The idea that instead of scraping their yards clean to keep snakes away, Arkansas farm women should plant trees, flowers and a vegetable garden didn’t occur to folks until 1912.
Marked by diseases like hook worm and pellegra, barefoot children living on the farm were slow to learn and doomed to a dreary, sickly life.
Along came the government.
Congress passed the Smith-Lever Act in 1914 creating the Extension Service. Its goal was to improve farm life.
"Prosperous Farms and Happier Homes," a history of the Extension Service in Arkansas by D. Clayton Brown, has this quote:
"Unless the farmer has an increased earning," wrote M.T. Payne, state director of the Extension Service, "he cannot support education, and he cannot purchase for his family the necessary comforts of life."
Improved farming would increase income, which, Payne said, "may be used to promote higher developments in our course of civilization."
It was a noble cause.
County agents spread throughout the state. The men on the farm were taught how to grow better crops, dig a more sanitary outhouse; women were taught how to raise a garden, pen up the chickens, cook a balanced meal.
For women, the information was shared through club meetings.
Home Demonstration Clubs were formed in all 75 counties throughout the state, the first one in 1912.
Faulkner County was no exception. At one time there were as many as 14 clubs meeting each month to be taught how to can and preserve the fruits of their hard work.
As farm life improved, so did the lives of the womenfolk. It didn’t take but a generation to go from learning to make a mattress to learning how to embroider a tea towel.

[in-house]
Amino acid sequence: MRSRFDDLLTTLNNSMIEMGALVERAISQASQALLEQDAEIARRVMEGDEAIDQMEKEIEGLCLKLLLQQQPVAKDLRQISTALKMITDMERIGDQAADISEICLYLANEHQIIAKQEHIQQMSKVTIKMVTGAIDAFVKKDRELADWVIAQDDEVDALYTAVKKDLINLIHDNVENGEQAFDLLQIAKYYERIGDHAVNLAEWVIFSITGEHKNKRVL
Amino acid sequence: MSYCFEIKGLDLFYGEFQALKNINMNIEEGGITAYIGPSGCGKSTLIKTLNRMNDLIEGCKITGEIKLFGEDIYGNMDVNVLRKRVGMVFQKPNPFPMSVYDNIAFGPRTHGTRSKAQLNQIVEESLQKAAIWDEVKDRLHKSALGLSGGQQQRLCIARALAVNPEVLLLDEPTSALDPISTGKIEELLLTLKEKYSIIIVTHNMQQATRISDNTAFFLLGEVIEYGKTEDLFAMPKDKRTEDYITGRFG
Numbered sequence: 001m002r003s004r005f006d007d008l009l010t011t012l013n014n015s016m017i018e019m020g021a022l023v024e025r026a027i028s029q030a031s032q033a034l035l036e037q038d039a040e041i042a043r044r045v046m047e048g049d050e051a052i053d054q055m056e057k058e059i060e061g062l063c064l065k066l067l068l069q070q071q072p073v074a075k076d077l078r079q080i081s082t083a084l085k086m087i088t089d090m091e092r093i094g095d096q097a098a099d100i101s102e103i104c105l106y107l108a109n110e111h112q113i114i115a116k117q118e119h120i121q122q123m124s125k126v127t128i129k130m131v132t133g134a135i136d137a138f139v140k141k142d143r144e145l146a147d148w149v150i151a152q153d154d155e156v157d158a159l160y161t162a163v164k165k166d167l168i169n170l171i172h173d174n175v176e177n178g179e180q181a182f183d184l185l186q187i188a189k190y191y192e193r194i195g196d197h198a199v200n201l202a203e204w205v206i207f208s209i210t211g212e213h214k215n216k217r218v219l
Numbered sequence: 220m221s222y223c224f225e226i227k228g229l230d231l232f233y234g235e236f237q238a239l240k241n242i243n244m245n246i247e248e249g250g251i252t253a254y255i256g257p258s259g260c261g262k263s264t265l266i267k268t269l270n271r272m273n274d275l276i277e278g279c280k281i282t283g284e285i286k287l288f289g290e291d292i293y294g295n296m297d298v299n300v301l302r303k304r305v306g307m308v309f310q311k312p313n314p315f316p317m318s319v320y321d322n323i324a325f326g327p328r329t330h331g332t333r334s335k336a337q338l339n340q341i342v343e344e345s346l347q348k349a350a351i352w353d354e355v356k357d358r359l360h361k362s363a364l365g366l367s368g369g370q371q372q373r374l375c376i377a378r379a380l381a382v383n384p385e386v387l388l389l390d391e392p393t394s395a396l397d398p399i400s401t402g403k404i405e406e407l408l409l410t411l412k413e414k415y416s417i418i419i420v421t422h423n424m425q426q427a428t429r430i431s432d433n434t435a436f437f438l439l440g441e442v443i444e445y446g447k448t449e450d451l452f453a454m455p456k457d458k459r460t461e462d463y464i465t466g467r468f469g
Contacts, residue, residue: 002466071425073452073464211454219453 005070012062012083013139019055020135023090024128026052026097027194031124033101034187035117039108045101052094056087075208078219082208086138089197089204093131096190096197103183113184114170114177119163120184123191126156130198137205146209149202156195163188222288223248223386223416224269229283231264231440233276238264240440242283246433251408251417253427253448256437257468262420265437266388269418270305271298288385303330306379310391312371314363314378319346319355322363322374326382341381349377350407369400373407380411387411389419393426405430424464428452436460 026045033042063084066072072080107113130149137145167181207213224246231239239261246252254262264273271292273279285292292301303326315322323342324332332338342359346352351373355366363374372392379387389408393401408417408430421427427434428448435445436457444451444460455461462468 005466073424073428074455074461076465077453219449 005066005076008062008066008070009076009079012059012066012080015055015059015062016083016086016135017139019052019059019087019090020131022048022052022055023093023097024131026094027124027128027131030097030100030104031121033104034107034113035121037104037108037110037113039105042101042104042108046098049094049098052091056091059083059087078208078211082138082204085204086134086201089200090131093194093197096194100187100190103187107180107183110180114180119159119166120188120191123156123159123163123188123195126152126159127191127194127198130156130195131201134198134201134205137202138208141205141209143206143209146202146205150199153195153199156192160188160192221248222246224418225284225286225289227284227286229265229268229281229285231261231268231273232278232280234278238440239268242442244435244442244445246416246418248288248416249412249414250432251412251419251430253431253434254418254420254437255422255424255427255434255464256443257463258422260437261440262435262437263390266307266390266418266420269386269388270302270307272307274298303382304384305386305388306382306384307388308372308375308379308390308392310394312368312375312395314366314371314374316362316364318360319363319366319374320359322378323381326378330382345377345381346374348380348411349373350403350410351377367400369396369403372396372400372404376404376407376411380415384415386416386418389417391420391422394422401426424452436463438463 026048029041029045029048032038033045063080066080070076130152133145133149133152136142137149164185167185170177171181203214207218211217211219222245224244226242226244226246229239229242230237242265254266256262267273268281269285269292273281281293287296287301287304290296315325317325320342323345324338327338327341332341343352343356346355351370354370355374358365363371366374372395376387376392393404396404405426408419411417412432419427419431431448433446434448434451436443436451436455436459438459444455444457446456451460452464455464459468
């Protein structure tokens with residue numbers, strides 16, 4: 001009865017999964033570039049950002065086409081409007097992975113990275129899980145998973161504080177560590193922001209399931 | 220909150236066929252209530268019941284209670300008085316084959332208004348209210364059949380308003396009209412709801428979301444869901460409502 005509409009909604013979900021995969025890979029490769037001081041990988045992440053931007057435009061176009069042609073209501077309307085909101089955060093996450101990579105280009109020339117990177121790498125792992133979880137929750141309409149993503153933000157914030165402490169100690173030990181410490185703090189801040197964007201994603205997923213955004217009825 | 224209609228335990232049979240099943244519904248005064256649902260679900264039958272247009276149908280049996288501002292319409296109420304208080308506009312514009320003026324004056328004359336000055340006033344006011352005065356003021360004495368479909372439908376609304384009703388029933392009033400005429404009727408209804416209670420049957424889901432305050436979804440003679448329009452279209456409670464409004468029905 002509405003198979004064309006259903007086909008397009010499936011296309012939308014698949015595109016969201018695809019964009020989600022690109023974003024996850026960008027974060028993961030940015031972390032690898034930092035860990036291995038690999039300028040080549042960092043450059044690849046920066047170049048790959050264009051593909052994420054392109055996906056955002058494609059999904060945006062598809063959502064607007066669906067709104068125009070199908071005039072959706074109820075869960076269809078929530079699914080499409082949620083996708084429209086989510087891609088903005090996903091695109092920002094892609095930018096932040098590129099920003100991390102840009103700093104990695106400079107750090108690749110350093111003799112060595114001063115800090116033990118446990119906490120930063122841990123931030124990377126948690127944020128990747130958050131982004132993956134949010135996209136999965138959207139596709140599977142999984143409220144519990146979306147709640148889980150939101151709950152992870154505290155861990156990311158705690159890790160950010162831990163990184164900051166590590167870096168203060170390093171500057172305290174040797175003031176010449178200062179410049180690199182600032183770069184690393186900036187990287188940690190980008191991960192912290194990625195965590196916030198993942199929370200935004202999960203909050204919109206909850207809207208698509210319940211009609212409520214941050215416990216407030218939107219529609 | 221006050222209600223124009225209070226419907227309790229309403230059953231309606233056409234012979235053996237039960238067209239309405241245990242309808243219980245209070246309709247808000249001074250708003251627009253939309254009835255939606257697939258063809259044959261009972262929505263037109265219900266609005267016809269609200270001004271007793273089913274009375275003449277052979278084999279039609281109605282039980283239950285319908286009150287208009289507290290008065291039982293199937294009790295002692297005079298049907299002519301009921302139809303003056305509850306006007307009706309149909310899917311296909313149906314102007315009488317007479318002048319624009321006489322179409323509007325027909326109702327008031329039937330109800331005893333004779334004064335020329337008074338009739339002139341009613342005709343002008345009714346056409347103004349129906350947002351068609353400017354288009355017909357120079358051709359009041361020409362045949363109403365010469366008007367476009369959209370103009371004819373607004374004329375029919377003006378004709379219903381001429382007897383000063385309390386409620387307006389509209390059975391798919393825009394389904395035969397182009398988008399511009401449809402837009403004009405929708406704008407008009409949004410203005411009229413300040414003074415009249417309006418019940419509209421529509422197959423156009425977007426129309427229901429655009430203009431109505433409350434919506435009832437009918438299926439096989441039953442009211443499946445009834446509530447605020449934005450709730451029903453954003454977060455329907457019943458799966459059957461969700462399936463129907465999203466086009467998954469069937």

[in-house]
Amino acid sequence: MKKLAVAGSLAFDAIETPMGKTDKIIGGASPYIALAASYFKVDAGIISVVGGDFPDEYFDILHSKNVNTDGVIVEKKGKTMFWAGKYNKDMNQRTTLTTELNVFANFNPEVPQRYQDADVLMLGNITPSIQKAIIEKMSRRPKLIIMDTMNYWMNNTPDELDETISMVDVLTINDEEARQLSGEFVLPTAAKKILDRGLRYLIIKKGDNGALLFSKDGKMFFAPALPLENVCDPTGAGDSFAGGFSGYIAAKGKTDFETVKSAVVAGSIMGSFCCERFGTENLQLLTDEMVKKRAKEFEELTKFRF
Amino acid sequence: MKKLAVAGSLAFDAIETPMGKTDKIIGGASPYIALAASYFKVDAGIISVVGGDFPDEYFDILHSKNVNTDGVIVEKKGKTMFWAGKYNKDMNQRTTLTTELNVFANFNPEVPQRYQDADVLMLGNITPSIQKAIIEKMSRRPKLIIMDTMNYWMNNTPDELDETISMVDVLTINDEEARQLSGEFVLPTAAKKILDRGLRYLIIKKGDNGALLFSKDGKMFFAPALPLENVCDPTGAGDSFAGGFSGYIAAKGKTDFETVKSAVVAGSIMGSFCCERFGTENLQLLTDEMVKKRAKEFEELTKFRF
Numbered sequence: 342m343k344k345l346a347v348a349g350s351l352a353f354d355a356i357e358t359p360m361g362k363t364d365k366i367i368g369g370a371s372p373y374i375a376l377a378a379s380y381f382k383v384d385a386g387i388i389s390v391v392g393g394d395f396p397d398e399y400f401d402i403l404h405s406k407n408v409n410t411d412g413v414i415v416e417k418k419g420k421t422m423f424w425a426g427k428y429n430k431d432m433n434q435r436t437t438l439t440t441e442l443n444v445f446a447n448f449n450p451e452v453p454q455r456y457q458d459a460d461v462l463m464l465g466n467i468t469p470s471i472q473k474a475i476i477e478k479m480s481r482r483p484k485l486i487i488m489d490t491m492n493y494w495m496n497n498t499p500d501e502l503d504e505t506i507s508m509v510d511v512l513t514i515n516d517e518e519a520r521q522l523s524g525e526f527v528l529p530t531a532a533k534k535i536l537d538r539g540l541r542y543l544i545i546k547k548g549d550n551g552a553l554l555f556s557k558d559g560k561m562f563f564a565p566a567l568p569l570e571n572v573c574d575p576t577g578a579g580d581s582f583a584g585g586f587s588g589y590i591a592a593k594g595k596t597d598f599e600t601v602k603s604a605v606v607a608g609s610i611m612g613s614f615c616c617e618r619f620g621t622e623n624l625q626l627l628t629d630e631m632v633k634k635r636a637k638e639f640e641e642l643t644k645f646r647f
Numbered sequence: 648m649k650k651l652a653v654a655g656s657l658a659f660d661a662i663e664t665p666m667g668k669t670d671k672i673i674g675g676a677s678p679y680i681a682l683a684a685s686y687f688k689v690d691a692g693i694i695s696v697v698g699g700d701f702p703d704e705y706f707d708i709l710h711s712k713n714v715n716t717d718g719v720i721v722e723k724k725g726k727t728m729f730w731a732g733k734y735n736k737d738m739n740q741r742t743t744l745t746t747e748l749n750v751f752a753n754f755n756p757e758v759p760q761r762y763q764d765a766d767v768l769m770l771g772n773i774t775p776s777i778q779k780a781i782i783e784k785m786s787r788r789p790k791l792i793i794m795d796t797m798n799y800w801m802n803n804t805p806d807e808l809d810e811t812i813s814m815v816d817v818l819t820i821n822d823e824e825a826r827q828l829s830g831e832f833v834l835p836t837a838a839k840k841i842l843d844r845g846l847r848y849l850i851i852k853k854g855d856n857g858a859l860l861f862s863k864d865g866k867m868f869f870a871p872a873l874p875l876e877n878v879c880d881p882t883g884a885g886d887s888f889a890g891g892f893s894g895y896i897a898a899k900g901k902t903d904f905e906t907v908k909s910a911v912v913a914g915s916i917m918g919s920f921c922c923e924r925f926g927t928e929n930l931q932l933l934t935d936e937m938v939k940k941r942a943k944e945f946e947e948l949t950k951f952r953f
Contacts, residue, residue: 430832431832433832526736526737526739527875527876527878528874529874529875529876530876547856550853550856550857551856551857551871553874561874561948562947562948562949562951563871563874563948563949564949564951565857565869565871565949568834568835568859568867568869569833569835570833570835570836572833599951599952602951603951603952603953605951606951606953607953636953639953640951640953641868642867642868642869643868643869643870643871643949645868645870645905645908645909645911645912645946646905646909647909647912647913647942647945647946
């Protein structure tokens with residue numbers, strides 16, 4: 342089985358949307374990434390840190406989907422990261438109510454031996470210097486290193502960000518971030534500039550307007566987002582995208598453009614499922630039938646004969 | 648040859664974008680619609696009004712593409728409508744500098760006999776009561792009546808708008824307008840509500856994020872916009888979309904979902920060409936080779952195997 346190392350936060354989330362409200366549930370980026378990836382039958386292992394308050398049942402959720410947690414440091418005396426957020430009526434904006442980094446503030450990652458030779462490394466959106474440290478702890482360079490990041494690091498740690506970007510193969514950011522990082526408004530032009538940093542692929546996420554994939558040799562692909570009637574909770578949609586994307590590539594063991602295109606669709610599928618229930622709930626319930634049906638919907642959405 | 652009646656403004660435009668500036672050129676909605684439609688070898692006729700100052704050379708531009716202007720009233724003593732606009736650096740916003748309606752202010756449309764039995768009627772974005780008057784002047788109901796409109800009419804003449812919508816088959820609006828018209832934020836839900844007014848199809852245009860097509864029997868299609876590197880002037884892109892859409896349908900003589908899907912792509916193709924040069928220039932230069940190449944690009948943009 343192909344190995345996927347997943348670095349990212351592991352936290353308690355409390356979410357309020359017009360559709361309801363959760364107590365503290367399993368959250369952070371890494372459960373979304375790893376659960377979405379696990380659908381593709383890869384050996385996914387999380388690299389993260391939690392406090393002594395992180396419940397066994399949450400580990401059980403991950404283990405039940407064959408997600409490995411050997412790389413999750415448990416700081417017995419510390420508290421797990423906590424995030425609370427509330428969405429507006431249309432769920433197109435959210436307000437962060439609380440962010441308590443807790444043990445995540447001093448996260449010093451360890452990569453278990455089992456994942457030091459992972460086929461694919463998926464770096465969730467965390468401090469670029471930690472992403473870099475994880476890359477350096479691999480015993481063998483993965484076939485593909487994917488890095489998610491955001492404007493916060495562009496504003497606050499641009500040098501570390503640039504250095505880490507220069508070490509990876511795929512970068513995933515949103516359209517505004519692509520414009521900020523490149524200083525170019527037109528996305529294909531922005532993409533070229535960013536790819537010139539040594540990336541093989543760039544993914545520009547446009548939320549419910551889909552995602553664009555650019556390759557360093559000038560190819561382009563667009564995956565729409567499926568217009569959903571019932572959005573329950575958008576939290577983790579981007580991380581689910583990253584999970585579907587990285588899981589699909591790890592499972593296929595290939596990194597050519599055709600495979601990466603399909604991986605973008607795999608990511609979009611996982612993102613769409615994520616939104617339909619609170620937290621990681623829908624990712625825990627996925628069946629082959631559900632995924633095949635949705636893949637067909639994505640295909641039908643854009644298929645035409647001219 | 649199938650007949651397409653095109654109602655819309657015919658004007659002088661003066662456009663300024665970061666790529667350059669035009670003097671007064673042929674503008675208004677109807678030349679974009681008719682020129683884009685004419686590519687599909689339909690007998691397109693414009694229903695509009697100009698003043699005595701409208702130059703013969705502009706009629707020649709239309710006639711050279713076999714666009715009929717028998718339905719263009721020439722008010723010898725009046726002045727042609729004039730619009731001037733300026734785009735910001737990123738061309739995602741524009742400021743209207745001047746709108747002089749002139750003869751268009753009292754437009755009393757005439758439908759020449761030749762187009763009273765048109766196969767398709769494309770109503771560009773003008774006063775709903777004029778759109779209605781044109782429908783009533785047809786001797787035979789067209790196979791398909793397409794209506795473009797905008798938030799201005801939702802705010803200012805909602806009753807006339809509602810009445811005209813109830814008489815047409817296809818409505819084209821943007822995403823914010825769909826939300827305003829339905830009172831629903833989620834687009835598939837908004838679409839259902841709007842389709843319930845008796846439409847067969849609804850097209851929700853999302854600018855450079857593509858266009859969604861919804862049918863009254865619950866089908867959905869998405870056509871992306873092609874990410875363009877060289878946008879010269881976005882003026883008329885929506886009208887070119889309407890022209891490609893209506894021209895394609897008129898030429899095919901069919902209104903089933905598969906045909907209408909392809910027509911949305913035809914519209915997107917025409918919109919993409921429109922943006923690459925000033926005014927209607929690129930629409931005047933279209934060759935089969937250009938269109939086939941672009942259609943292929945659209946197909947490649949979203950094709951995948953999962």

It’s been 100 years since the first Home Demonstration Agent walked up a dusty path to a farm home, ready to teach some method to make better the lives inside.
To celebrate the 100th anniversary of Extension clubs, a committee is planning a booth for the Faulkner County Fair that will tell the history of Extension Homemakers Clubs and the forerunners, Home Demonstration Clubs.
They need some help. The committee is asking for clippings, photographs, scrapbooks, minute books or other memorabilia concerning the clubs’ works.
Sandi Zimmerman, president of the Roadrunners Extension Homemakers, is chairing the project for the county.
Those with photos and clippings to share may call her at 501-450-9595 or Marie Wilson at 581-7371 or Beth Wallace at 679-2057. The Roadrunners are an active group, interested in sharing information with the community at large through educational seminars.
For instance, more than 600 people have attended their seminars on earthquake preparedness, an important subject for Faulkner County residents.
The club’s programs this year concentrate on history.
"We’ll take a decade at each meeting," Zimmerman said.
Its most recent meeting was about the 1920s.
Members displayed old photographs, fashions of the era and a canning apparatus that most likely helped some family get through the winter with the autumn harvest preserved.
Perhaps it was just like one taken up a dusty path by a Home Demonstration Agent so many years ago.
(Staff writer Becky Harris can be reached at email@example.com and 505-1234.)